Annals of Pediatric Gastroenterology and Hepatology ISPGHAN

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VOLUME 2 , ISSUE 3-4 ( July-Sep/Oct-Dec, 2020 ) > List of Articles

Gastroenterology Award Paper

Is Gluten Free Diet Deficient in Selenium? A Prospective Study in Children with Celiac Disease

A Gopan, M SenSarma, S K Yachha, A Srivastava, A Mathias, N Neelu, U Poddar

Keywords : Children, Celiac disease, Selenium, Gluten free diet

Citation Information : Gopan A, SenSarma M, Yachha S K, Srivastava A, Mathias A, Neelu N, Poddar U. Is Gluten Free Diet Deficient in Selenium? A Prospective Study in Children with Celiac Disease. Ann Pediatr Gastroenterol Hepatol 2020; 2 (3-4):13-13.

DOI: 10.5005/jp-journals-11009-0062

License: CC BY-NC 4.0

Published Online: 06-07-2022

Copyright Statement:  Copyright © 2020; The Author(s).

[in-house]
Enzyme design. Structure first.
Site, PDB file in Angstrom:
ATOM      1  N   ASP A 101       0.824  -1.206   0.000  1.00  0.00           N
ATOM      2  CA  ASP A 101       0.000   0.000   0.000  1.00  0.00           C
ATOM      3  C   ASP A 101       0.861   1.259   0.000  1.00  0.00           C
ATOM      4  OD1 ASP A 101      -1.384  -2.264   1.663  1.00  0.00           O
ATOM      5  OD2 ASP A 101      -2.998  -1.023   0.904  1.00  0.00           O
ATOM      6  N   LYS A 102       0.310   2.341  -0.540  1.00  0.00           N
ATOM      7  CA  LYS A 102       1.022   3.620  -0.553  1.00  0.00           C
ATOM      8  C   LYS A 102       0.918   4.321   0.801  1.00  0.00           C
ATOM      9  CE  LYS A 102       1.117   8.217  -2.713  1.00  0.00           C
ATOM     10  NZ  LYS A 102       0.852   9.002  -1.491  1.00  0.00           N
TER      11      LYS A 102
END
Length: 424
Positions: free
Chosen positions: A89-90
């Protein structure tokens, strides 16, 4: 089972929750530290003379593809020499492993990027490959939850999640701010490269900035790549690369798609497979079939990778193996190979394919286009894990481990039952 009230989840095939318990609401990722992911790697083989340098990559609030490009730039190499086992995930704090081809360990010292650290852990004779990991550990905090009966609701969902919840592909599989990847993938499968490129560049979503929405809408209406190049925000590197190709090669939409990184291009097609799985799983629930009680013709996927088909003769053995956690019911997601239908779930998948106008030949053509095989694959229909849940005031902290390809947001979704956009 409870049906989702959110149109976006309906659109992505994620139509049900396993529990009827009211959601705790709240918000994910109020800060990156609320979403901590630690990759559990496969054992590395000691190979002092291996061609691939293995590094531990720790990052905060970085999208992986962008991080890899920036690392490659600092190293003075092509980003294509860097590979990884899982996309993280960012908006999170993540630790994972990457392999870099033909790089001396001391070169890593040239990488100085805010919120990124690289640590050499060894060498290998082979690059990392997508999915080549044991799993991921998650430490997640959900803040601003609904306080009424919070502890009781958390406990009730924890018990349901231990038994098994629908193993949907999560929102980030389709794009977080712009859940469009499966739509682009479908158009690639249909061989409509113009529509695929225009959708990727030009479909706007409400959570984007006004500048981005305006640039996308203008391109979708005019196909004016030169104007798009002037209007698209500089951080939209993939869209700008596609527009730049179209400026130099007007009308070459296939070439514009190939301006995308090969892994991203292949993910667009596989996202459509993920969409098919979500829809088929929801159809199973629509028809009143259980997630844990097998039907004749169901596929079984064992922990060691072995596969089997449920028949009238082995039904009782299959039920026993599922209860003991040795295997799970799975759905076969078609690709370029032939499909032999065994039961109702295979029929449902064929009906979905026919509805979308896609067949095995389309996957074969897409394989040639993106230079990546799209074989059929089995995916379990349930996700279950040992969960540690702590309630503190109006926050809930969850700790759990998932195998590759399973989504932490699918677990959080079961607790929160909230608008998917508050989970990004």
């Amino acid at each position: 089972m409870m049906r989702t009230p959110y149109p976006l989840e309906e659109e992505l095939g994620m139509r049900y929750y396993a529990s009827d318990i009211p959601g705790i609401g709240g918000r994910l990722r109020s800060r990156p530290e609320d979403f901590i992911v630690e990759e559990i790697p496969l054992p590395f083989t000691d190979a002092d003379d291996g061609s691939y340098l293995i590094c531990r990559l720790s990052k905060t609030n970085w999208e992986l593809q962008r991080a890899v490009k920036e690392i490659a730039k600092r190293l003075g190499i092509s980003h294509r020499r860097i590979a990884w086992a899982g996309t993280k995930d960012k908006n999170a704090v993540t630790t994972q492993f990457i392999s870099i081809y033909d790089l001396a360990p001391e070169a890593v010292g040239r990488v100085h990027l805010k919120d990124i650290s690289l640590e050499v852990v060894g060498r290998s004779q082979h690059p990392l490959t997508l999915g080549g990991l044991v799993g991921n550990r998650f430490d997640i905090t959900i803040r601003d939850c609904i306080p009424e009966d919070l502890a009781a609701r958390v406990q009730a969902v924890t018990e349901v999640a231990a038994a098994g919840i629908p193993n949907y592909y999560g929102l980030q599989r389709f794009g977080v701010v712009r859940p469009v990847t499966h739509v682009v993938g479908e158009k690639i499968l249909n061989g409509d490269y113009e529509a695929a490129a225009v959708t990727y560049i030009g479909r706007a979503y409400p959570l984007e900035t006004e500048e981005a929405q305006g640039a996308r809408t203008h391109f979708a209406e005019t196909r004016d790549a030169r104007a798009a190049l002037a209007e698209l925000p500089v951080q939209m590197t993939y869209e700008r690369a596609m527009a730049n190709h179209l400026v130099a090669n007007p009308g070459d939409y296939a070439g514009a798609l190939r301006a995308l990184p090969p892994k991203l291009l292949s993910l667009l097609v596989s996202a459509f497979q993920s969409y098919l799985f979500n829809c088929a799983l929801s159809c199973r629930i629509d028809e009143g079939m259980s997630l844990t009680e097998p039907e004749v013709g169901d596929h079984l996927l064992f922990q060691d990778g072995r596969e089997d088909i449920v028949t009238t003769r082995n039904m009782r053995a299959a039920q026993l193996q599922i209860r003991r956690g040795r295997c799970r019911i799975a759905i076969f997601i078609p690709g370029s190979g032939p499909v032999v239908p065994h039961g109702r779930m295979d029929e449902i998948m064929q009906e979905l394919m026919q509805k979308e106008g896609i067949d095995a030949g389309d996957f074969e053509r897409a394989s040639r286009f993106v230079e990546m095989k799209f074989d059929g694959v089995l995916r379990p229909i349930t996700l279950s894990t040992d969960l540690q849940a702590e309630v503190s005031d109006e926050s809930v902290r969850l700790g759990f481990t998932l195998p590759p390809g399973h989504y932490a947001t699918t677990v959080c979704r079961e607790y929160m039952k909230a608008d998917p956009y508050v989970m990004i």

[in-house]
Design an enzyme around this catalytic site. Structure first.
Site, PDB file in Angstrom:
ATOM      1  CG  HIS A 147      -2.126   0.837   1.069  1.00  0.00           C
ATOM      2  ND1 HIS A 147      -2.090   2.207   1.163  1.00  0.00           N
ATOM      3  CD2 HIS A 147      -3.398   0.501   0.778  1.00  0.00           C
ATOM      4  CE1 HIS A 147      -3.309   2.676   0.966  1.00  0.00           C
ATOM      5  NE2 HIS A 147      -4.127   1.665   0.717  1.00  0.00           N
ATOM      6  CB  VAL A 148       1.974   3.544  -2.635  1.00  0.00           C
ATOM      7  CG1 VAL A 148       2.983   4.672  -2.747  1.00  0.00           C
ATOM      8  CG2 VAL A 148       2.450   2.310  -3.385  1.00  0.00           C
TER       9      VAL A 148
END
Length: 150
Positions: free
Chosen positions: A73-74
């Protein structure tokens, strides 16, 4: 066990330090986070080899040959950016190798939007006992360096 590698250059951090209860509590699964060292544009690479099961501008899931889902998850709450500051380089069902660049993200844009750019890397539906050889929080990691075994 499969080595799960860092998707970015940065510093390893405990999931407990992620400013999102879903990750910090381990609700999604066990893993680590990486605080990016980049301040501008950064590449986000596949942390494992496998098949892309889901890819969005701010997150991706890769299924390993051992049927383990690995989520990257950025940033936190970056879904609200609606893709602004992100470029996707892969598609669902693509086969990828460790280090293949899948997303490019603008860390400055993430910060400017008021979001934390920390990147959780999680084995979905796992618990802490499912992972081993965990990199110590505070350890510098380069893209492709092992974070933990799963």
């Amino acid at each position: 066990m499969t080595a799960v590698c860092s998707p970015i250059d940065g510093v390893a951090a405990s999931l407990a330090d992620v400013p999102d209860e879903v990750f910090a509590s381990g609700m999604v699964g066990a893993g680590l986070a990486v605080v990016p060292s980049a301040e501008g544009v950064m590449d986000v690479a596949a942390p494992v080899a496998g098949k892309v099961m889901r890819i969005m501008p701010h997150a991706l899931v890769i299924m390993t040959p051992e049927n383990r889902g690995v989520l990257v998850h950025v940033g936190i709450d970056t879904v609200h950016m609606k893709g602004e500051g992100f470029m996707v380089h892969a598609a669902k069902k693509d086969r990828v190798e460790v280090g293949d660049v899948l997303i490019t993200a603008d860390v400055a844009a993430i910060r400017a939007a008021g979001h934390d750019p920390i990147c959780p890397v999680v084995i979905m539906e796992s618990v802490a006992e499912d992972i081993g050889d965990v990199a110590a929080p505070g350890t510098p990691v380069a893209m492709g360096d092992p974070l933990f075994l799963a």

Wheat is a rich source of Selenium (Se). Dietary compliant celiac disease (CD) patientsin disease remission may be prone to Se deficiency and its biological effects. Aim of the study were: 1) Assess the absolute and functional deficiency of Se in gluten free diet (GFD) compliant CD children.2) Assess the sequential effect of oral Se supplementation and dietary modifications in those deficient. Asymptomatic CD children (<18 years) on compliant GFD. 3 years in serological (anti-tissue transglutaminaseantibody. 3 times upper limit normal) and mucosal (Marsh grade<2) remission were included. Elemental Se (100 μgday) for 3mo followed by Se-rich (>100 μgday) modified GFD for next 3mo was given. Dietary selenium content (3 day recall), plasma Se levels, selenoprotein- P1 (SEPP1) andglutathione peroxidase-3 (GPX-3) were estimated at baseline. Se deficiency was defined as plasma Se levels <60 μgL. Response in growth parameters, absolute and functional Selevels were reassessed at 3 and 6mo. Results: Of 77 screened, 51CD [duration of compliant GFD 6 (3-13) y; age at study enrolment 14 (4.7.18) y] children were eligible for the study. Thyroid hypofunction and impaired glucose tolerance were seen in 21 (41%) & 4 (7.8%) children on baseline endocrine screen. All 51 patients were Se-deficient [plasma Se 34.5 (19.3-53) μgL]. Baseline dietary Se content [26.7 (12-99) vs. 40.7 (6.5-94) μgd, p = 0.009], plasma Se[33.5 (19.3-45.9) vs. 34.7 (23.8-53) μgL, p = 0.4], SEPP1 [3.1 (2.2-5) vs. 3 (1.9-4.4) μgmL, p = 0.7], GPX3[7.5 (3.3-60.3) vs. 9.5 (0.6-60.6) μgmL, p = 0.3] were present in pure vegans (53%) andovo/non-vegans (47%). Ten patients with irregular follow-up were excluded. Significant increase from baseline to 3mo was noted in SEPP-1 [3.0 (2.1-5) vs. 3.9 (2.4-8.3) μgmL, p = 0.02] but not in GPX-3 levels [7.5 (3.4-60.6) vs. 6.3 (3.2-40.7) μgmL; p = 0.3]. Conclusion from the study: GFD-compliant CD have absolute and functional Se deficiency. Short term therapy improves the Se status and growth parameters.

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